Auto Transport Tips: Dealing with Carriers
Last time on our Auto Transport Tips segment we talked about dealing with brokers, which is something that everyone who’s shipping a car should know at least a bit about how to do. But they’re just one part of the auto transport industry, only half of your actual shipment, and as such they aren’t the only company that you need to know how to talk to. Knowing how to deal with the carriers that ultimately end up transporting your vehicle is equally as important as knowing how to communicate properly with your broker, but they’re two different types of companies and what you need to know will vary not just among the different types of companies in the industry but also the individual companies themselves.
Dealing with your car shipping carrier is a bit different than dealing with your broker because they’re physically moving your vehicle from the pickup location to the delivery location, and because of that they aren’t available all the time to talk. The best transport companies are the ones that communicate openly with their customers, and while carriers are no exception to that statement it also doesn’t mean they can talk to you whenever you call them. It’s illegal for them to speak on a mobile phone or be on a mobile device while driving or operating the transport truck, and they face stiff penalties for breaking those particular laws. Most of the time you’ll be talking to your broker except right before pickup and right before delivery, which is where communication with your carrier is of vital importance.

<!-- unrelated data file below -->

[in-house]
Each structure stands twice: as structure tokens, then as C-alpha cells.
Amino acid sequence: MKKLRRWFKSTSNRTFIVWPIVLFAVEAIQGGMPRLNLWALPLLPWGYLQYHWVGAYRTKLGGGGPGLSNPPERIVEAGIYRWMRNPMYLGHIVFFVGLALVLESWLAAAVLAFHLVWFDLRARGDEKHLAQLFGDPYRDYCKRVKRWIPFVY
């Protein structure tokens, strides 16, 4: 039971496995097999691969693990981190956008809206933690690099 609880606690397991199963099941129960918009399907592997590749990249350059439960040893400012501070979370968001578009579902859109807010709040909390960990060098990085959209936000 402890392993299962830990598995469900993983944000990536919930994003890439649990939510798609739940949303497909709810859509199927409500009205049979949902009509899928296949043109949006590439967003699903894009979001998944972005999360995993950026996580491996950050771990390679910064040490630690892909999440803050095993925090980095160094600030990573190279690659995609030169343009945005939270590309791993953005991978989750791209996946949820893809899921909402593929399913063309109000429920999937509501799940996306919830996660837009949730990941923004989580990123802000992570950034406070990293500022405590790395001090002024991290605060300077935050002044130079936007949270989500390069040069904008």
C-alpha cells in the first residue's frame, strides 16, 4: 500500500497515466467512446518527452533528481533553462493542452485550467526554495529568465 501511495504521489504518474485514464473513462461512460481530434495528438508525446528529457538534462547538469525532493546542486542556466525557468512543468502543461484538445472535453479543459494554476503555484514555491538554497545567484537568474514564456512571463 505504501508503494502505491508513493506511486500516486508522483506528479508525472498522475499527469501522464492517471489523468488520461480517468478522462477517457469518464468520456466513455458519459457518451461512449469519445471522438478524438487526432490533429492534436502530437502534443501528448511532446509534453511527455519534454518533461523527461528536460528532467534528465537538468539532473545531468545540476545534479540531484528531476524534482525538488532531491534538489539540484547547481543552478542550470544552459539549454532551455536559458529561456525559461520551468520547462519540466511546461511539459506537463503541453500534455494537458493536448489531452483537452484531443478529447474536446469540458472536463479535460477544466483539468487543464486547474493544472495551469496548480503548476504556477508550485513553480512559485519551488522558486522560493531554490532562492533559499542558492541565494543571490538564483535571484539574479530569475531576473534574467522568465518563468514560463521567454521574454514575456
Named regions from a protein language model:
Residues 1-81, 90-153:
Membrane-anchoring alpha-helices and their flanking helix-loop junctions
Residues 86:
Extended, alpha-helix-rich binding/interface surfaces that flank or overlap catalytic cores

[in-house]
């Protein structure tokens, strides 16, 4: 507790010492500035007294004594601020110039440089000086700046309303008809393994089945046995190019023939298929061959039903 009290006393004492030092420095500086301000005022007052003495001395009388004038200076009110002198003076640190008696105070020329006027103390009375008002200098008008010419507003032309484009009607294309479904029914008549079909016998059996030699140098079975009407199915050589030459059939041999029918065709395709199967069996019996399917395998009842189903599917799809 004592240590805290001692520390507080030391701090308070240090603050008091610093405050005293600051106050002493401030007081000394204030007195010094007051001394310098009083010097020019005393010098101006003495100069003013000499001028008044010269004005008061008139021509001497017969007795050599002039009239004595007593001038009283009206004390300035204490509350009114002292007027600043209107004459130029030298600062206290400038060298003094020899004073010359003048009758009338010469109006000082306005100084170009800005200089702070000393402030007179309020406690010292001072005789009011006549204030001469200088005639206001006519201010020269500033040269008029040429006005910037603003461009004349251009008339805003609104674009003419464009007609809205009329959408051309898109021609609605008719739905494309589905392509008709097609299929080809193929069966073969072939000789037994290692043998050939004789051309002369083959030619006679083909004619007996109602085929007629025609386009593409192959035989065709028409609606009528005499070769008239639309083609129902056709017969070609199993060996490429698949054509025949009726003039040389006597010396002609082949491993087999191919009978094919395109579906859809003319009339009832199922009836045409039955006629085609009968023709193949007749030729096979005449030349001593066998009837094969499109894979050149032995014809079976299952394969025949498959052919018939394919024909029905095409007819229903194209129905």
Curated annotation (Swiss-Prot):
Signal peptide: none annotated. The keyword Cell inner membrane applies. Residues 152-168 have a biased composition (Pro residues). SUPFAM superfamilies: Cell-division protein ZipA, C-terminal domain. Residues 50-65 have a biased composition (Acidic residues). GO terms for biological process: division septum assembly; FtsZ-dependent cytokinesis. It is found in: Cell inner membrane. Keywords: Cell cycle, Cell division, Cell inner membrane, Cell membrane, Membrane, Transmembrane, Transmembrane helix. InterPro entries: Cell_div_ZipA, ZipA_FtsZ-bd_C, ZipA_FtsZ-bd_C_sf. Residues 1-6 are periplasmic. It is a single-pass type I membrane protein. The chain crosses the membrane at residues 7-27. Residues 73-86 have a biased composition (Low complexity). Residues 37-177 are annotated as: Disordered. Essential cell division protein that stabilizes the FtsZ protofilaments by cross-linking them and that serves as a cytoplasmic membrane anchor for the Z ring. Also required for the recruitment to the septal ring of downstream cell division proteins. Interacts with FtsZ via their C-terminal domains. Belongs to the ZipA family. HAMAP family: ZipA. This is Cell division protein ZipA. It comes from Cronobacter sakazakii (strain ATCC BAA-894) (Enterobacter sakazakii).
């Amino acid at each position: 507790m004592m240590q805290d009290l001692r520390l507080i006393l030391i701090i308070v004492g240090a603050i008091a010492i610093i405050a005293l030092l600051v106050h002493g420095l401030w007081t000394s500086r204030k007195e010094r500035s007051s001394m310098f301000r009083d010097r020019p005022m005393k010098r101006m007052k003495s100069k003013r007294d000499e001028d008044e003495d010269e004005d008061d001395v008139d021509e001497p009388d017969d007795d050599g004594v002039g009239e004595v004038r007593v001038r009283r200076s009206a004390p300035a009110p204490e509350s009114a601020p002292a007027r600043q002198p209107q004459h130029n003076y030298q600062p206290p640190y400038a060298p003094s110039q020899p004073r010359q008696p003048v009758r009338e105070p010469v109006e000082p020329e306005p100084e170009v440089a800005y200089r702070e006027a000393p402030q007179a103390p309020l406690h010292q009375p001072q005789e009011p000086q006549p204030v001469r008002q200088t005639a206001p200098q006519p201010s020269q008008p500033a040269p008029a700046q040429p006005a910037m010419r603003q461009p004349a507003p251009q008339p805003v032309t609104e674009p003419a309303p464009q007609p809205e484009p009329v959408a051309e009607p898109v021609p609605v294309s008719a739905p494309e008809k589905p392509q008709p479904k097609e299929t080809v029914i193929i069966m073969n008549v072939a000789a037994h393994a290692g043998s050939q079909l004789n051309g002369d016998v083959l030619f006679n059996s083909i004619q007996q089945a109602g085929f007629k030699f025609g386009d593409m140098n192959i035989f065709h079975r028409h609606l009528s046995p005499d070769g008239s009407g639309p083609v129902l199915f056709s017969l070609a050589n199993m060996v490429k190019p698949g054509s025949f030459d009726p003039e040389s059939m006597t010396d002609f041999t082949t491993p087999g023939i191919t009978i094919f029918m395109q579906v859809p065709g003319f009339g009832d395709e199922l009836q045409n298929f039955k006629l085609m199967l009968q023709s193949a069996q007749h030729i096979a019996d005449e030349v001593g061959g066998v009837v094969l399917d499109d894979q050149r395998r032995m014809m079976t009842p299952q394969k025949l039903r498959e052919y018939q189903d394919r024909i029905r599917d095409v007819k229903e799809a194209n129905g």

You will arrange pickup and delivery locations with the driver if they can’t physically get to the addresses you gave your broker. Regardless of if they can get there or not, they’ll also call you to simply touch base, let you know they’re in the area, and that they’ll be arriving shortly to pick your vehicle up. Be kind and courteous; though that’s advice that everyone should take into every new situation, not all do, and car shippers are moving cars all day, every day, and spend hours upon hours in their trucks. Give them a bit of slack. Make sure you are informative about your vehicle; there should be no surprises when the carrier arrives to pick your vehicle up. You want to make sure you both inspect the vehicle properly and thoroughly as well, as if any damage occurs during transport you’ll need whatever you put on your pickup inspection report. Overall just make sure that there aren’t any major surprises and you should be just fine dealing with carriers.